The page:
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Real wage increases in the UK to be lower in 2015 according to new Salary Trends survey

“3 per cent wage increases in the UK next year continues the trend we have seen over the past four years,” said Mark Harrison, Manager, Remuneration Services. “With inflation expected to rise slightly next year employees here will see their salaries increase 1.2 per cent in real terms next year, down on this year’s 1.4 per cent. Nevertheless this is still higher than the real wage increases we saw last year which were only 0.5 percent above inflation.”

On average, wages in Europe will rise 3.5 per cent. Companies in Ukraine are forecasting the highest increases in the region followed by Russia and Turkey. However, once inflation is factored in all three locations will have the lowest wage rises in real terms.

The lowest pay rises to be granted in the region are expected in Greece, Ireland, Portugal, Spain and Switzerland. Companies in all five countries anticipate 2 per cent increases in 2015.

The region’s highest & lsquo;real’ wage increases - ie once inflation has been factored in - are expected in Bulgaria followed by Poland and the Netherlands.

ECA's 2014/2015 Salary Trends Survey reports current and projected salary increases for local employees. This year, it is based on information collected from 340 multinational companies across 66 countries and regions. More than 120 companies provided data on their UK-based staff.
 
Global highlights
 
According to company predictions from around the globe, wages will rise 5.8 per cent on average in 2015, slightly up on this year’s 5.6 per cent average.
 
Companies in Argentina are forecasting the survey's highest pay rises in 2015. Employers there are predicting 28 per cent pay rises for staff next year on average. However, once inflation of over 27 per cent has been factored in these large increases will have little impact on spending power.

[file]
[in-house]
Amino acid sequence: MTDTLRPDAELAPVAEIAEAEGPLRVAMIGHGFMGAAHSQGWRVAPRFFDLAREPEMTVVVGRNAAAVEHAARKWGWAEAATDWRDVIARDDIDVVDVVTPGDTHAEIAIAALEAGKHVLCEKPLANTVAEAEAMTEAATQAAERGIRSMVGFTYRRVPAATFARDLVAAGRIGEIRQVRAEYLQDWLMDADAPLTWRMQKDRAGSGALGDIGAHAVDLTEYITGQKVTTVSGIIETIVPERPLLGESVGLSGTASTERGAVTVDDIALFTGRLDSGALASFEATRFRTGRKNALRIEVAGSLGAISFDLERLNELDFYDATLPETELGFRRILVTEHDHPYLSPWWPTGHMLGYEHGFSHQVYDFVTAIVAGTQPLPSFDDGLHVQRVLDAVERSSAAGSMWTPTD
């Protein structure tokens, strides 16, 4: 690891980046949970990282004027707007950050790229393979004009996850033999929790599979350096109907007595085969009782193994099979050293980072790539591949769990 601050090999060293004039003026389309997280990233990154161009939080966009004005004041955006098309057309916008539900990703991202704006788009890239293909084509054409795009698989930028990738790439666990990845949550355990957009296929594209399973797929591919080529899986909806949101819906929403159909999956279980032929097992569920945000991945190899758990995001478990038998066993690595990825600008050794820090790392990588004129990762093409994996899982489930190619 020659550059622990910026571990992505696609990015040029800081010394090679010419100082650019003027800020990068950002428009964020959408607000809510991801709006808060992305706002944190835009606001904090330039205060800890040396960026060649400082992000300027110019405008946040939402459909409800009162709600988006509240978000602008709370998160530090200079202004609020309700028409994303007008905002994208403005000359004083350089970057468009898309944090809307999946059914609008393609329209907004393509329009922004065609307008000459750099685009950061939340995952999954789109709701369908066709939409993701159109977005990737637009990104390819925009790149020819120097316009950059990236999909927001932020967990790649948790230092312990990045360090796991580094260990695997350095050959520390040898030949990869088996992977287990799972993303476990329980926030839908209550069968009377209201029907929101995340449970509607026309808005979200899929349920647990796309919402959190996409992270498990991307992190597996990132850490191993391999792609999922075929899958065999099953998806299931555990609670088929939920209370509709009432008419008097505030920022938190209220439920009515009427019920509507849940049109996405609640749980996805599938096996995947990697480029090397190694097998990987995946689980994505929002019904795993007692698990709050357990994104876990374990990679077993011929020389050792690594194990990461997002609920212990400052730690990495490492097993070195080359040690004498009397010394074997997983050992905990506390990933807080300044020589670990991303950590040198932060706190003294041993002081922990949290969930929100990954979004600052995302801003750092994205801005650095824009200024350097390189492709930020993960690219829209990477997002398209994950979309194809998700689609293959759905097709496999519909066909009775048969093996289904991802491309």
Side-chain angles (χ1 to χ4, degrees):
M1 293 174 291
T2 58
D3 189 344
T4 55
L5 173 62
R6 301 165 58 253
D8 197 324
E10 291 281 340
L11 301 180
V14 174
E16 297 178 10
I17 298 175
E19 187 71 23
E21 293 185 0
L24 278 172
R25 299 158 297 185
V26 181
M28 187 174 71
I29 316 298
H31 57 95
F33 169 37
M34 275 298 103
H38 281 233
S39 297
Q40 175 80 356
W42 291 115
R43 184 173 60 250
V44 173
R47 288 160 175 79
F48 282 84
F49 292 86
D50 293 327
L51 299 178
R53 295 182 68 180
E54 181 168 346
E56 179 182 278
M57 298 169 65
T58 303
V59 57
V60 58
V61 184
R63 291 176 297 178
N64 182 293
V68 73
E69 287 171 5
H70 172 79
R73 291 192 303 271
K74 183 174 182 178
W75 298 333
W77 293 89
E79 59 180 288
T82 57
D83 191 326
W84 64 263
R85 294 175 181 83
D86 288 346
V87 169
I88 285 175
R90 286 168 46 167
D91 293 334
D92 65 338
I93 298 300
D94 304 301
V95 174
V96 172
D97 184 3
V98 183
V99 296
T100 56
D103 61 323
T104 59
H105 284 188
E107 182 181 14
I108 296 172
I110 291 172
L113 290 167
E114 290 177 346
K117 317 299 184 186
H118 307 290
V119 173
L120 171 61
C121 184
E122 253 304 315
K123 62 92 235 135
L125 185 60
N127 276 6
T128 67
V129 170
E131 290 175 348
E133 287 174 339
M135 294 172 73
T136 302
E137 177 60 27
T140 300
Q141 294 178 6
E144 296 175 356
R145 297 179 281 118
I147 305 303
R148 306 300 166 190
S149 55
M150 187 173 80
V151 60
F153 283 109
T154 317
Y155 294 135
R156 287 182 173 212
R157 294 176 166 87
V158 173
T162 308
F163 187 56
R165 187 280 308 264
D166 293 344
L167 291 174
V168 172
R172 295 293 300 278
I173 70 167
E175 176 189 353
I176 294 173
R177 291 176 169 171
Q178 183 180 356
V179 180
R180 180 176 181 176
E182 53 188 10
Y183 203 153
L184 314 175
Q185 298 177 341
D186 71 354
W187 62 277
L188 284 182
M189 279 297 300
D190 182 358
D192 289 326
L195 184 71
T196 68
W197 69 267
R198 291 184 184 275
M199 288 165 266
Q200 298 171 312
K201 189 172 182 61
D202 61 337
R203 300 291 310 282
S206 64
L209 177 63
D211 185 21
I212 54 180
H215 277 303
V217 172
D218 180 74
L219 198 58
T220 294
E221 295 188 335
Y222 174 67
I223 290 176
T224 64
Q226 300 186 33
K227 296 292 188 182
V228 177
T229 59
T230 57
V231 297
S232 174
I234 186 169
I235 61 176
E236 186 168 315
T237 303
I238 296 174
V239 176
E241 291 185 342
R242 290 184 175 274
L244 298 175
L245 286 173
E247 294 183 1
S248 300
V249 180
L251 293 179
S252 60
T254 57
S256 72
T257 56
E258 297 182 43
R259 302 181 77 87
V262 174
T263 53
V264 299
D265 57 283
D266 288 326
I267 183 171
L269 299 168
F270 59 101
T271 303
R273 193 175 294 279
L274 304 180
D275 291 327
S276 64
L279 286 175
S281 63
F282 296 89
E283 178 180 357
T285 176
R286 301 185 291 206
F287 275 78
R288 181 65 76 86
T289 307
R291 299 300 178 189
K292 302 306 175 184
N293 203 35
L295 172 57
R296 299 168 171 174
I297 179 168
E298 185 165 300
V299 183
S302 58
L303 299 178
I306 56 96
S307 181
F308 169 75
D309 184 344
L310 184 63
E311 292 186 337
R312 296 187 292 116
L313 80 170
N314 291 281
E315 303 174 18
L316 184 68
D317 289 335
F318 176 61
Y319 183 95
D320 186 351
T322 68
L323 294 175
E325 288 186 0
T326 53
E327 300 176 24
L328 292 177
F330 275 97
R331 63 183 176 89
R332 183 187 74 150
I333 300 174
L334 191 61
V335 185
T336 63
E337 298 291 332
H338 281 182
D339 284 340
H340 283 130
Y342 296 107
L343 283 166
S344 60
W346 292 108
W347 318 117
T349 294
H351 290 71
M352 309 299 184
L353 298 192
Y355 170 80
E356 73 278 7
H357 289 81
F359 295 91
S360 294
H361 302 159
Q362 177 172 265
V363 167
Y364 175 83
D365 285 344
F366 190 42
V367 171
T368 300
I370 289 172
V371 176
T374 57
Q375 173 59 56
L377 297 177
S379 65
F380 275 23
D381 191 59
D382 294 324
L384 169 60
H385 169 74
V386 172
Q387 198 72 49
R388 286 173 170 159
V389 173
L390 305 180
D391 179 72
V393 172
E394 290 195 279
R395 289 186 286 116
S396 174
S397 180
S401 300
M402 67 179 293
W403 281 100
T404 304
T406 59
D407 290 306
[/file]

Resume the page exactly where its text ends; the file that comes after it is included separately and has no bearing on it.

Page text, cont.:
Argentina will replace Venezuela at the top of the list of countries where wage increases are highest. Soaring inflation in Venezuela means that despite companies there forecasting the second biggest pay rises in 2015, employees will see large salary decreases in real terms.
 
Salaries in Asia are expected to increase by 7.2 per cent in 2015 with the largest uplifts being given in Pakistan and the lowest in Japan. Factoring in inflation, real wage rises in Asia will average 2.7 percent – higher than the other regions surveyed. In mainland China, companies are planning to award 8 per cent salary increases again next year. Even after inflation, staff in China will be among the best off within the region and globally: they can expect to see increases of 5.5 per cent in real terms.

Employees in the Middle East are set to see wages rise 4.7 per cent on average. Of the African locations surveyed the highest salary rises will be granted in Egypt but are still lower than inflation forecasts leaving employees there to see their salaries decrease in real terms. In Australia, staff can anticipate 3.5 per cent salary increases again next year.
 
'Real terms' refers to wages that have been adjusted for inflation. Forecast inflation rates are based on information from the International Monetary Fund.
 
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